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American cities have to pay for a lot of things: police and other safety services, roads, infrastructure and public buildings. But they are also responsible for the pensions of former city employees. In new research, Evgenia Gorina finds that when cities have less stable revenues and a greater reliance on payments from their home state, their pension liabilities are more likely to go unfunded. She suggests that cities that rely more closely on less stable revenue sources like sales taxes and user fees are more likely to have unfunded pension liabilities as they prioritize more day-to-day operational expenditures.

In the American system of fiscal federalism, city operations are typically funded by residential and commercial property taxes, local sales taxes, and a variety of local user fees and charges. Many cities also rely on funding from the state (so-called intergovernmental revenues). Using these revenue sources, a typical American city provides a wide array of local public goods and services from safety and transportation to community art exhibits.

In addition to these common items of operational spending, cities allocate funds to spending categories that can be less visible to local voters. One of those is annual contributions to employee retirement plans. A relatively small share of these accumulated contributions is paid out annually to retirees as benefits. Most of these contributions are accumulated over time and invested to generate interest revenue.

Since spending on common operating needs is more visible and more immediate in its impacts on local communities than spending on pensions, cities may have an incentive to prioritize it. Do they? My new research suggests that they may, particularly in uncertain fiscal environments.

Using a sample of US cities with over 50,000 residents, I show that cities with less stable revenues and higher reliance on intergovernmental aid tend to have higher unfunded pension liabilities. So how exactly might local revenue stability influence pension funding?

Traditionally, property taxes have been the most stable source of revenue in the local revenue mix. While sales tax collections and user fee revenues drop in recessions as residents reduce their spending, property tax collections do not decline because they depend on assessed property values rather than on direct consumption. As a result, cities with a heavier reliance on property taxes are shielded from the negative effects of the economic cycle on their revenues.

City Hall” by Neon Tommy is licensed under CC BY SA 2.0

City administrators are well aware of their revenue mix and know that compared to property taxes, sales taxes and user fee collections are more likely to decline in recessions. Reliance on less stable revenue sources may affect managers’ ability and willingness to allocate funds to pension contributions in two ways. Higher revenue uncertainty may encourage higher savings for an uncertain future and make cities less willing to contribute to pension plans. Also, revenue uncertainty may render cities more concerned and more focused on meeting operating needs with direct and immediate benefits to the community than on funding longer-term obligations, particularly in times of fiscal stress.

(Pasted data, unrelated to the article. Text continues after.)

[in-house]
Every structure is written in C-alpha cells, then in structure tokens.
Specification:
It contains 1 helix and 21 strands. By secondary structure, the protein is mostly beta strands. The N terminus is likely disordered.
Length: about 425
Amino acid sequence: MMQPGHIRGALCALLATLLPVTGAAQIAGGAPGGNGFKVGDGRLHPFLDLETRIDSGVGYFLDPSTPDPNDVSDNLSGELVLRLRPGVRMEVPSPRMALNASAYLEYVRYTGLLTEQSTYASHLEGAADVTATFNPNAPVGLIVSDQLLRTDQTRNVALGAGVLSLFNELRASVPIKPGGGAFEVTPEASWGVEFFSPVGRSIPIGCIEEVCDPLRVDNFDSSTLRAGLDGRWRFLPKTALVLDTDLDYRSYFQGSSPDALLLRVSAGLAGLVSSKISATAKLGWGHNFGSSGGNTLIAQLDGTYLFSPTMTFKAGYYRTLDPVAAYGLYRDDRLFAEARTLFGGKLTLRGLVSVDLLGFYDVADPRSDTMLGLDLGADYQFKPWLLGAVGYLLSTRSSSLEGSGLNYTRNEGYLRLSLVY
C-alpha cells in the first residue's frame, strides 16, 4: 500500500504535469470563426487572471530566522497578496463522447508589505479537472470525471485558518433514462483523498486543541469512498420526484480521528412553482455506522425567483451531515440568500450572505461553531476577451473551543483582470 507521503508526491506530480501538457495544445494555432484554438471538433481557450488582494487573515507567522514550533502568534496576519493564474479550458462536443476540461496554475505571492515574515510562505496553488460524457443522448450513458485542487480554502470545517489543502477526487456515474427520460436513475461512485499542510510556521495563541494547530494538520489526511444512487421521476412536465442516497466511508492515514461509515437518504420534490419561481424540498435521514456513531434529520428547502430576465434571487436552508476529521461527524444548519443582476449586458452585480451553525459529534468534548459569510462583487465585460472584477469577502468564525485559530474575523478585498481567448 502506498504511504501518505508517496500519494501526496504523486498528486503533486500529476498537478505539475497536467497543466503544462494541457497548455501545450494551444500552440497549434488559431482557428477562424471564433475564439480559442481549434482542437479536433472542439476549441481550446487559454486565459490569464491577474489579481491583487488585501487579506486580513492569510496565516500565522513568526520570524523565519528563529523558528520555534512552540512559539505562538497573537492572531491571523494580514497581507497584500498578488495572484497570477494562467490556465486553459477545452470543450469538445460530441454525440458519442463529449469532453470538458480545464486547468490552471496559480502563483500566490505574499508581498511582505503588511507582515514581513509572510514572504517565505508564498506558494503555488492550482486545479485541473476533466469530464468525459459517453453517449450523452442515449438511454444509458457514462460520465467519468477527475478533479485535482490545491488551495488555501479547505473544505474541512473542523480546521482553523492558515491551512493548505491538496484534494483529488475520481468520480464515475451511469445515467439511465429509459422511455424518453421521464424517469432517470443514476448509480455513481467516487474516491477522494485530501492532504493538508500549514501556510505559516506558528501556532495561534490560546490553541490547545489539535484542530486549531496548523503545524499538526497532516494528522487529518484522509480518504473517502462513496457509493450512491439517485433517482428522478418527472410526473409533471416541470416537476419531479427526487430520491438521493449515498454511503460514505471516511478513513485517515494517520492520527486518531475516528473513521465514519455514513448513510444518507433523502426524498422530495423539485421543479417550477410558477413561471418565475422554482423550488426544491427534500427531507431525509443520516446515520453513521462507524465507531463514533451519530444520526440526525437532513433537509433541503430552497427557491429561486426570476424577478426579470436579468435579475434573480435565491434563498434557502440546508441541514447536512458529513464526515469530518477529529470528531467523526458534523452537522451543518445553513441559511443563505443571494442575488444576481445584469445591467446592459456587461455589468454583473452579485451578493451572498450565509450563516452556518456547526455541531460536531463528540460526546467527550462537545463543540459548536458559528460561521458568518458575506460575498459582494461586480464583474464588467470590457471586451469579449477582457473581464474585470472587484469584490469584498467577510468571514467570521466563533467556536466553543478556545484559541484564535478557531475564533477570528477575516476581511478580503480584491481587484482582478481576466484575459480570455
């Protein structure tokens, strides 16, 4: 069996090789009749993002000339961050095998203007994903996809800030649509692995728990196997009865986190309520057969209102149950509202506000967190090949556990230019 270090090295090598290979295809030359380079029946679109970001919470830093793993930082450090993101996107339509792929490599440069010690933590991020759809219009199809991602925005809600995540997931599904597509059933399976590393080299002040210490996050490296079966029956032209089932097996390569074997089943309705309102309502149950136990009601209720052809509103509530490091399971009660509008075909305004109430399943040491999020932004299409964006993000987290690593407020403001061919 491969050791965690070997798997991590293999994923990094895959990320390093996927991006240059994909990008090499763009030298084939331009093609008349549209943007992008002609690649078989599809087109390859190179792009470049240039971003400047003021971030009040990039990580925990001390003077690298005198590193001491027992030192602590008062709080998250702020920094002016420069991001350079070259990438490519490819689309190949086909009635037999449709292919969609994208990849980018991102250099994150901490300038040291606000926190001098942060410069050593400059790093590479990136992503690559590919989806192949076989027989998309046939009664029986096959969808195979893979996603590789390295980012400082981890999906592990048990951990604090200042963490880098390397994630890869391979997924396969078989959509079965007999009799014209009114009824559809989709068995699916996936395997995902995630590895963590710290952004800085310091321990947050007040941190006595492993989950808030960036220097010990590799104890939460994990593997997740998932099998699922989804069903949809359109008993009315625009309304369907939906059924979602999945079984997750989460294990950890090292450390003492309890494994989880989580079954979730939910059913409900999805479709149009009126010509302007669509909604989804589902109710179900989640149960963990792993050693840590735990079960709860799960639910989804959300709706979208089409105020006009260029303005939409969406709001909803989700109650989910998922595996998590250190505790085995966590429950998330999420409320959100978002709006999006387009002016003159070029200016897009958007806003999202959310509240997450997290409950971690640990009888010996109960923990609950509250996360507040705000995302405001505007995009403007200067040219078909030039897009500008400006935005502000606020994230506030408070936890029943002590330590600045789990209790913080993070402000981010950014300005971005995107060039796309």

Interestingly, intergovernmental fiscal support to localities that is designed to boost local fiscal capacity may have unintended consequences. According to my study, cities with a higher reliance on intergovernmental revenues tend to underfund pensions. Given the uncertainty of state aid distribution, cities may view it as unstable revenue and, as a result, be less willing to allocate funds to pensions. Or, state support may be perceived as ‘centrally provided insurance’ and a promise of a bail-out in dire fiscal straits, which can make cities less disciplined in funding longer-term obligations.

The empirical analysis in my paper also shows that when pension plans are administered by cities rather than managed at the state level, unfunded pension liabilities grow suggesting a negative effect of local discretion over pension management. The conversation about local fiscal autonomy has recently gained momentum in US domestic policy and led to tensions between state legislatures and local leaders who feel they are under attack. Though many leaders concur that the needs of local communities are better met when fiscal decision-making is local, many realize that state oversight holds promise for preventing local race to the bottom. Given complex incentives and competing funding priorities, state institutional constraints and more prescriptive fiscal policies over pension funding may benefit cities and brighten their retiree fiscal futures.

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Note:  This article gives the views of the author, and not the position of USAPP – American Politics and Policy, nor the London School of Economics.

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About the author

Evgenia Gorina – University of Texas at Dallas
Evgenia Gorina is an assistant professor at the School of Economic, Political and Policy Sciences at the University of Texas at Dallas. Her research in applied government finance focuses on state and local retirement systems, pension reform, and analysis of local financial condition with a focus on sustainable management of operating budgets, long-term debt, and retirement obligations. More details on her research are available at www.evgorina.com.

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